Control of data quality. (a) Venn-diagram represents intersection of proteins identified from total lysate and enriched-mitochondrial fraction of the 28 liver samples, with 645 proteins localized in mitochondria according to MitoCarta2.0 mouse inventory. (b) Heat-map shows the stronger relative intensity of 65 OXPHOS enzymes in the mitochondria-enriched fractions compared with cellular lysate. (c) After very short membrane exposure (t = 5 s) by chemiluminescence, Western Blot of five OXPHOS enzymes visible only in concentrated mitochondrial fraction (lanes 1 and 2) and not in cellular lysate (lanes 3 and 4). Full membrane picture available in Supplementary Fig. 7. A longer exposure in Supplementary Fig. 2a represents gradual appearance of OXPHOS components in cellular lysate. (d) The average mtFE score for protein markers of subcellular compartments: mitochondrion, peroxisome, ER, cytosol, nucleus, and spliceosome (ej). The violin plots in dark violet present separately the difference in the distributions of mtFE scores of selected protein markers: (e) mitochondrion, (f) peroxisome, (g) ER, (h) cytosol, (i) nucleus, and (j) spliceosome. The violin plots in white color present distributions of all other measured proteins. n corresponds to the number of the respective subcellular markers per individual violin plot in dark violet.

The quantitative proteomic measurements between the total cell lysate and mitochondrial fractions was further confirmed independently by “short exposure” Western Blot detection of five OXPHOS proteins in mitochondria-enriched fractions (lane 1–2) compared to lysate (lane 3–4) (Fig. 2c) and after longer exposure (Supplementary Fig. 2a).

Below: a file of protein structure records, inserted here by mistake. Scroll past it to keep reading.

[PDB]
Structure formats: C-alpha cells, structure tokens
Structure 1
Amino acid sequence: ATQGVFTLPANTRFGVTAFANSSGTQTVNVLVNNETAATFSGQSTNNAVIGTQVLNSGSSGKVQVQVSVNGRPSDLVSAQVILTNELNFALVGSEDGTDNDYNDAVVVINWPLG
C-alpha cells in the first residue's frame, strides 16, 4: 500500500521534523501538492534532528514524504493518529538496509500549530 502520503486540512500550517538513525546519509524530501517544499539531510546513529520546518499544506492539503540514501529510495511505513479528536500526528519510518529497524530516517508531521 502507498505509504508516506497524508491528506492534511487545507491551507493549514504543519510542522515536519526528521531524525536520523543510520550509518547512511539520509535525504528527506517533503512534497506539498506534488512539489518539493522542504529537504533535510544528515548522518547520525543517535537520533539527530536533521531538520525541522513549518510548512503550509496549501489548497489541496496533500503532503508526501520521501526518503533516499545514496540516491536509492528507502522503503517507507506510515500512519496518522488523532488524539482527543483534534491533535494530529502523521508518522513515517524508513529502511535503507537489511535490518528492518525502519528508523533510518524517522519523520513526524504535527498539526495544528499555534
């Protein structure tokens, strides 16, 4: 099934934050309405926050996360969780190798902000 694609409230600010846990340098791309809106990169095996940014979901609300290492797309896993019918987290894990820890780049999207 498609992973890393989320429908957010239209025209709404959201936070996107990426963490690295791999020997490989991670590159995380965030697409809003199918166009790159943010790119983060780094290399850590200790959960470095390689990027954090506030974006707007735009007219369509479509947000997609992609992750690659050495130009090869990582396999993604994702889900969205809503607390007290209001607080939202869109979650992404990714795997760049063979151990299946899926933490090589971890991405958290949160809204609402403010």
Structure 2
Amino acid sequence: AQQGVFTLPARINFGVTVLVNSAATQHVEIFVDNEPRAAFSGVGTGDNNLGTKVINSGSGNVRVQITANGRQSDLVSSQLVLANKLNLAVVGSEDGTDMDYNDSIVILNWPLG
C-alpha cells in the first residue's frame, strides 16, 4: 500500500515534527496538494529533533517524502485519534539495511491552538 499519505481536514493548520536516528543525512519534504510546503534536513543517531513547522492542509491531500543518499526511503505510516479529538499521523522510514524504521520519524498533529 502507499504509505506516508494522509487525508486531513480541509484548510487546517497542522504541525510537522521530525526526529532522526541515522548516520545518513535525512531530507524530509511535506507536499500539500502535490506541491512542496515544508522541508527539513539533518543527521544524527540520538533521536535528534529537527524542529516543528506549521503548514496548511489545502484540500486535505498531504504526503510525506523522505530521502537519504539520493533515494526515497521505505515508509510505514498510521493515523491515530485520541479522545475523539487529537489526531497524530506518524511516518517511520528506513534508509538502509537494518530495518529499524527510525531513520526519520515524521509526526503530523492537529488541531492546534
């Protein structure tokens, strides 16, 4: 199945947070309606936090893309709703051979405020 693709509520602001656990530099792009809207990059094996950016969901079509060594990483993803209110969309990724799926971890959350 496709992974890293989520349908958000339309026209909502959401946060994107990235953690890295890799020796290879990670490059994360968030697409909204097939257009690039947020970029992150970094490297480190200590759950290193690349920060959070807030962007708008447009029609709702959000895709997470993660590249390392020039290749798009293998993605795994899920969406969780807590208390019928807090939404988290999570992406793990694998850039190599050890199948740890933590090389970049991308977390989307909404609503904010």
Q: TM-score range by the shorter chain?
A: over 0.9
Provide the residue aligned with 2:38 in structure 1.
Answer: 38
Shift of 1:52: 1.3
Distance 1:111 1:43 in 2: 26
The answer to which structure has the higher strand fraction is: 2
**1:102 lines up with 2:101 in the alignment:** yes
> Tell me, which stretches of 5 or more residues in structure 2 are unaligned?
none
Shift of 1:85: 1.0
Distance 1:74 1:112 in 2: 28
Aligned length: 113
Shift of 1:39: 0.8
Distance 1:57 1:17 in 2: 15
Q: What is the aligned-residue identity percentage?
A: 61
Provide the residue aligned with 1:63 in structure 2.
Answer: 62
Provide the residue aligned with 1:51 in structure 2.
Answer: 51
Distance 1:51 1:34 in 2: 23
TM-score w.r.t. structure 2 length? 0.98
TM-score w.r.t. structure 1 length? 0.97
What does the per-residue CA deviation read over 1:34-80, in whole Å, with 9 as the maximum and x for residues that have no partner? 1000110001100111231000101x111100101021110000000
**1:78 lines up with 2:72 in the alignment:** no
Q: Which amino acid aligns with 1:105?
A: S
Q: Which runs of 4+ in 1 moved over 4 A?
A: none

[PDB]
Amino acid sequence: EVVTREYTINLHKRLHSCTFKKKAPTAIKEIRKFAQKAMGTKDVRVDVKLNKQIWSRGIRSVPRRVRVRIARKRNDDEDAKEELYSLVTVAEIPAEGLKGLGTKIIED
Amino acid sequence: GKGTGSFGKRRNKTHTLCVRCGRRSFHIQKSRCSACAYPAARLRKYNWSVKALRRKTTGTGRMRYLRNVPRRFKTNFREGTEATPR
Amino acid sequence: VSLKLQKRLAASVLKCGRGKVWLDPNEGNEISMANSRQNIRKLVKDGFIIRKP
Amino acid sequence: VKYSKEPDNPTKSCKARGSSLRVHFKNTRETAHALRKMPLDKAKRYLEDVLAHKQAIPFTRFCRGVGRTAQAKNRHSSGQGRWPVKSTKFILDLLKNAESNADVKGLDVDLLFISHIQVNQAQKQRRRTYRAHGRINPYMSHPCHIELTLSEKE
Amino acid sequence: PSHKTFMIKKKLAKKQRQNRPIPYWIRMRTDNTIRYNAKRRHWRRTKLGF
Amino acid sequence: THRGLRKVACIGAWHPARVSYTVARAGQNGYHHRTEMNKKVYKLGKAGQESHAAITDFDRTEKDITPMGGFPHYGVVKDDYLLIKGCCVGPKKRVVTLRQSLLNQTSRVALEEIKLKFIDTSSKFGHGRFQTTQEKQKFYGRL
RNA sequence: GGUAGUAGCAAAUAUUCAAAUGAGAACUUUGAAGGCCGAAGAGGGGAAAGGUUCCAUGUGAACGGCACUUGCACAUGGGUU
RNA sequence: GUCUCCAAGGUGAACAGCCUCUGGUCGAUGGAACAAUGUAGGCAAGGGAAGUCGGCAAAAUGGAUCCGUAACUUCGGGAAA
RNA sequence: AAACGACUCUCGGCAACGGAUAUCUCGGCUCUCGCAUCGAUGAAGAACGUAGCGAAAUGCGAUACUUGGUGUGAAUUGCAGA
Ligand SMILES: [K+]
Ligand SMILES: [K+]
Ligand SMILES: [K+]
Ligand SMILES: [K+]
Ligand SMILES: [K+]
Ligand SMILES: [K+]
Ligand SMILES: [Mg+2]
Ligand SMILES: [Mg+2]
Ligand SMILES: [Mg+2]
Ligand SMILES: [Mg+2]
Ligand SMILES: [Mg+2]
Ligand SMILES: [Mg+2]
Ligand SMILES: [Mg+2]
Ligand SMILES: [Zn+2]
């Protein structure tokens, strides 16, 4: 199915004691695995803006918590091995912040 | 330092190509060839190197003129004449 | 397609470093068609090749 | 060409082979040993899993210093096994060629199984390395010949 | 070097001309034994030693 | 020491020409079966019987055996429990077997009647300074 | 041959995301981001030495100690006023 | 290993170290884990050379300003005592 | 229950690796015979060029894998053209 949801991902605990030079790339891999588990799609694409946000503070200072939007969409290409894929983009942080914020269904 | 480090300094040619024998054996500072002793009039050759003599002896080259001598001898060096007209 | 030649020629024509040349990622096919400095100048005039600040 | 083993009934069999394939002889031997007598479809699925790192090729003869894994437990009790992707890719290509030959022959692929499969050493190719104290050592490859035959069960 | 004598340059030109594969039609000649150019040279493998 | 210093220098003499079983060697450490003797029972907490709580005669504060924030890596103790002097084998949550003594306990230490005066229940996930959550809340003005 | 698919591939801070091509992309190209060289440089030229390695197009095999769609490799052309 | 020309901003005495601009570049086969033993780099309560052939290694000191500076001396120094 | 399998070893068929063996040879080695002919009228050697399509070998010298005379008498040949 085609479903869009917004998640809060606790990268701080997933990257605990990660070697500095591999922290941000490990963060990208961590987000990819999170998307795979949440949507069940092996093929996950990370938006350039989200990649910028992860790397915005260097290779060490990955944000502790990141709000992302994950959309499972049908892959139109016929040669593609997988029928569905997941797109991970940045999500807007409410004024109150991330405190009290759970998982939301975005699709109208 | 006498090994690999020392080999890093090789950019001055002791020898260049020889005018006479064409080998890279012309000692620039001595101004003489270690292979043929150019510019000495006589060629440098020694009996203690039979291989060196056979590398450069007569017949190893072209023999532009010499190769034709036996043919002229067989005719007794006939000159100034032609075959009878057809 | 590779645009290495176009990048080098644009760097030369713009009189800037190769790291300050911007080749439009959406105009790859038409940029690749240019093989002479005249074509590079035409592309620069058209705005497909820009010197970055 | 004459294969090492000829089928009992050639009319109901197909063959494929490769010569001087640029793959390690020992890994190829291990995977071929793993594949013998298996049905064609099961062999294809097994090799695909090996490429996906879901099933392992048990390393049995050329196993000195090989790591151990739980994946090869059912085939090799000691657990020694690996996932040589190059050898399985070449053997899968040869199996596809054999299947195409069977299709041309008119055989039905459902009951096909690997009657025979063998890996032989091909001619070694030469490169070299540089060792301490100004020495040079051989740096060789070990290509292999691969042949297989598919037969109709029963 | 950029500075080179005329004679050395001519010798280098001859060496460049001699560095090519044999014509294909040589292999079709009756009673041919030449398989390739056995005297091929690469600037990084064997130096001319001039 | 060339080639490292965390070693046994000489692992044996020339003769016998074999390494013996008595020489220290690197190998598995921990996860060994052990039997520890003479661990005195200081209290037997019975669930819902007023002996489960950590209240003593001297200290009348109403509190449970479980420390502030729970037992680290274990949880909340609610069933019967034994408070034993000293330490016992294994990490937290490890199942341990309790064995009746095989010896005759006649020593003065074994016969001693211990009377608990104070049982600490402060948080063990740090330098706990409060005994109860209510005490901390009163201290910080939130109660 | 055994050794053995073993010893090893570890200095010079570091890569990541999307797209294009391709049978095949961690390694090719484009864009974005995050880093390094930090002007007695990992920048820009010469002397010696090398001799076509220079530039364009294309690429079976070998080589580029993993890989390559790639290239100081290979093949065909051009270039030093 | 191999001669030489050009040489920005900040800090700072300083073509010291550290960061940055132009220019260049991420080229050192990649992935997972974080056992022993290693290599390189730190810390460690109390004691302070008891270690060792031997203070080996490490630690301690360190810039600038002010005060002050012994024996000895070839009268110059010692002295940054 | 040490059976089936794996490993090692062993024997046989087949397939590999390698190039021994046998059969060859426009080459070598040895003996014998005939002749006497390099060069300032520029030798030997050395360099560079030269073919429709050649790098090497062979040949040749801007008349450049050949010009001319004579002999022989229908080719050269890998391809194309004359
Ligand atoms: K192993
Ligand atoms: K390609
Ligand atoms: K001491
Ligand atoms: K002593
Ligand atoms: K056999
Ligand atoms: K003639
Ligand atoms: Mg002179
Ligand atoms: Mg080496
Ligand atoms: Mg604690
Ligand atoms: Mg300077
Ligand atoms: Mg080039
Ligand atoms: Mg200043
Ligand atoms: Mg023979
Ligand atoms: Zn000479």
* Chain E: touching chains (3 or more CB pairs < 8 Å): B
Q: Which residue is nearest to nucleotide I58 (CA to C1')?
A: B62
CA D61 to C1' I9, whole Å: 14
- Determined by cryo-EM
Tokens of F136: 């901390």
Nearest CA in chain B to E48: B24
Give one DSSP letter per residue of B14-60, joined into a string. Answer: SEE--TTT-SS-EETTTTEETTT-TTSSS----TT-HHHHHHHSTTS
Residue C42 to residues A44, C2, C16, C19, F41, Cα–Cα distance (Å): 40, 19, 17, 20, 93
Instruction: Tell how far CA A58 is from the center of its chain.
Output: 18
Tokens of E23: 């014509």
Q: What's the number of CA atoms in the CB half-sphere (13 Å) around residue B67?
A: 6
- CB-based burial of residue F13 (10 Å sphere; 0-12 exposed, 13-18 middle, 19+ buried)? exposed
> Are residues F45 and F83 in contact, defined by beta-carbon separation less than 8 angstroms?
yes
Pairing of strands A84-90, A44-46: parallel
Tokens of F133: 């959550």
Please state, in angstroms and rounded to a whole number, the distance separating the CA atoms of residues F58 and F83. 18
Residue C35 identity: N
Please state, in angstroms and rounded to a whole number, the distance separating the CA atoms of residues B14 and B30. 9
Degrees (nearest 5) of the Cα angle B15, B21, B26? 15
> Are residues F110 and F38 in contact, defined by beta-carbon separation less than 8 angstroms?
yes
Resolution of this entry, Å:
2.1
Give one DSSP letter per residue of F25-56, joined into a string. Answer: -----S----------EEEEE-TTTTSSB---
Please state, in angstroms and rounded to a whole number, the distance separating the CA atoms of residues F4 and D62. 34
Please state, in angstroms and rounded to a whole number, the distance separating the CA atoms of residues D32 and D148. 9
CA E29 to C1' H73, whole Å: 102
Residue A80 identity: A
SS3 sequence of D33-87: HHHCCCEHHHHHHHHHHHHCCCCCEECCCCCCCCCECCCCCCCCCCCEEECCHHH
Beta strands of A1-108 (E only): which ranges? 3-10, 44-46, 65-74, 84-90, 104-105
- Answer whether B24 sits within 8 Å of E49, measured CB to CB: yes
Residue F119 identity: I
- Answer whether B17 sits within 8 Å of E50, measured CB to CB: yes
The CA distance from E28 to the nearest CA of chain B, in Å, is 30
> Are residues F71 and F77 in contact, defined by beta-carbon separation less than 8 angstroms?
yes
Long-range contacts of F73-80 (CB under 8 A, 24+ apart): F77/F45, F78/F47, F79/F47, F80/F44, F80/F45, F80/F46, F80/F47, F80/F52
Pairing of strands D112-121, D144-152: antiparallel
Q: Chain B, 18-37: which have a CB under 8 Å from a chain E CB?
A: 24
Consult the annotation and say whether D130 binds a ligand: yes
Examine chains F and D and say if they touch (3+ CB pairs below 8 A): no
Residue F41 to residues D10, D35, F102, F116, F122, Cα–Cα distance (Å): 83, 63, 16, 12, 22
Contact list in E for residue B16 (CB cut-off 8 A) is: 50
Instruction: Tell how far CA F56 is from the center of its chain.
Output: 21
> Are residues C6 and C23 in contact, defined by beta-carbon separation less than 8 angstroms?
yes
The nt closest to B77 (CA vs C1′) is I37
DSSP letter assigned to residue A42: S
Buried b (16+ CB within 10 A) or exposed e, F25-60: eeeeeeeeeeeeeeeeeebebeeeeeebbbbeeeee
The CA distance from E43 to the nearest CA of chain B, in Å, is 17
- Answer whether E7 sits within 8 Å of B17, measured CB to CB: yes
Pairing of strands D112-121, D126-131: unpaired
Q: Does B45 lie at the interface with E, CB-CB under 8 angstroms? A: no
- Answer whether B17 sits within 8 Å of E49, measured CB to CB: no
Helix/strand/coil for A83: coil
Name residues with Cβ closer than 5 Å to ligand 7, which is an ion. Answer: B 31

A large fraction of the mitochondrial proteins, including 65 OXPHOS proteins, were consistently identified in the SWATH/DIA-MS data of both, total cellular lysate and mitochondria fraction (Fig. 2a,b), thus allowing for an exhaustive mtFE score calculation for a broad range of proteins. Mitochondria exist in a dynamic network and interact closely with other organelles in the cell, most notably the (endoplasmatic reticulum) ER34,35. Therefore, a crude mitochondrial pellet (CMP) always contain a certain amount of impurities from other organelles and specifically from those that are in close proximity to mitochondria inside the cellular environment15. We reasoned that, if the mtFE represents a truly sensitive measure of mitochondrial protein repartition, it should produce a somewhat graded score when applied to proteins belonging to such compartments. We therefore evaluated protein markers of mitochondria (mito), peroxisomes, ER, cytosolic enzymes, nucleus and spliceosome complex based on their distance to crude mitochondria-enriched fractions by calculated mtFE scores, and we found that this is indeed the case (Fig. 2d–j). Accordingly, OXPHOS proteins generally displayed elevated mtFE scores across all individual 28 samples (mtFEoxphos = 1.62, Fig. 2e), in line with their predominant or exclusive localization in mitochondria. Peroxisomes are frequently isolated in CMP due to their close interconnectivity with mitochondria inside mammalian cells36. Peroxisome and ER markers (n = 31 and n = 16, respectively), as expected, display closer distance to mitochondria-enriched fractions compared to the cytosolic enzymes (n = 80)(Fig. 2d–h), with a lower average enrichment score compared to mitochondrial proteins (mtFEperox. = 0.82, mtFEER. = 0.27, and mtFEcytosol = −1.03 vs). The average enrichment score of 64 nuclear markers was still lower than that of cytosolic enzymes (mtFEnucleus = −1.12, Fig. 2i), while 23 members of the spliceosome complex displayed a substantial exclusion from mitochondria and their surrounding environment (mtFEspliceosome = −1.27, Fig. 2j). Overall, these observations suggest that the mtFE score reflects reliably and quantitatively mitochondrial repartition.